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Balancing Optimism With Realism

The New York Times article by Sheryl Gay Stolberg, refers to President Obama as “The Cheerleader in Chief” in today’s Business Section based upon last week’s State of the Union address. As a mediator, I find myself required to do much the same. On the one hand, I am asked to convey an optimism that all conflict can be settled and that the parties can achieve their best possible results at an informal hearing in our offices on the very day set for a mediation hearing. On the other hand, I need to be that realistic “truth sayer” who reminds the parties that the potential exists that the case will not settle, causing a substantial risk to both parties, uncertainty in the outcome and an enormous expense. The article speaks of Obama’s first two years being busy with a kind of “triage” of an array of emergencies ranging from an unpopular war to economic crisis. When I hear a mediation, so many times, the parties have been mired in their own discovery disputes, that they are unable to see the potential resolution or “way out”. They arrive with a variance of the evaluation of damages and often divergent views of the facts, the law and whether certain evidence will ultimately be developed or admissible to prove their positions.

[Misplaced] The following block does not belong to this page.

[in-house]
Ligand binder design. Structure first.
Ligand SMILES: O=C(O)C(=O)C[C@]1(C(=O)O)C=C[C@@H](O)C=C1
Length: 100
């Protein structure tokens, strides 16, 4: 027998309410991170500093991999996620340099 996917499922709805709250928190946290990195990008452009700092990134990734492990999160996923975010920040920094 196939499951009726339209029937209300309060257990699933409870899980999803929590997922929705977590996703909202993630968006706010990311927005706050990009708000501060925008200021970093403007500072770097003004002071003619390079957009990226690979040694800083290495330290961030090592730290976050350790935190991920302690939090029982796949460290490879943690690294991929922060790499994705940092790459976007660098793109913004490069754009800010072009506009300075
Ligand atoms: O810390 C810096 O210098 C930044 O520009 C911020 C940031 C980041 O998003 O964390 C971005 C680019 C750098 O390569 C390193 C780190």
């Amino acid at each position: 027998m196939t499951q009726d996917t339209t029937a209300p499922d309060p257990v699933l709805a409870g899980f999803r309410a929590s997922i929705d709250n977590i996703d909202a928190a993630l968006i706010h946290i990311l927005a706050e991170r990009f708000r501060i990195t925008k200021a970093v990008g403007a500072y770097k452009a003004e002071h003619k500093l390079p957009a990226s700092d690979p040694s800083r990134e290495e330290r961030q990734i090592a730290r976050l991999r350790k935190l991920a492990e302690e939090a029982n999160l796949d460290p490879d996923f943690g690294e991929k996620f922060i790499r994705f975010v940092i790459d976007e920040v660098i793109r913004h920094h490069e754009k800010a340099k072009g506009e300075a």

I particularly loved the example used by Ronald Reagan. He told the story of a boy who got a pile of manure for Christmas and declared, “There must be a pony in there somewhere!” In the end, the article suggests that this is a “trust but verify” moment. I suppose that the parties before me expect no less. A balance I strive to achieve and convey. Even when the parties bring nothing more than manure, an optimistic mediator will help to look for the pony underneath the pile!

                        author

Jan Frankel Schau

Attorney Jan Frankel Schau is a highly skilled neutral, engaged in full-time dispute resolution. Following a successful career spanning two decades in litigation, she has mediated over 700 cases for satisfied clients. Ms. Schau understands the nuances of trial and settlement practice as well as client relations and balancing the… MORE >

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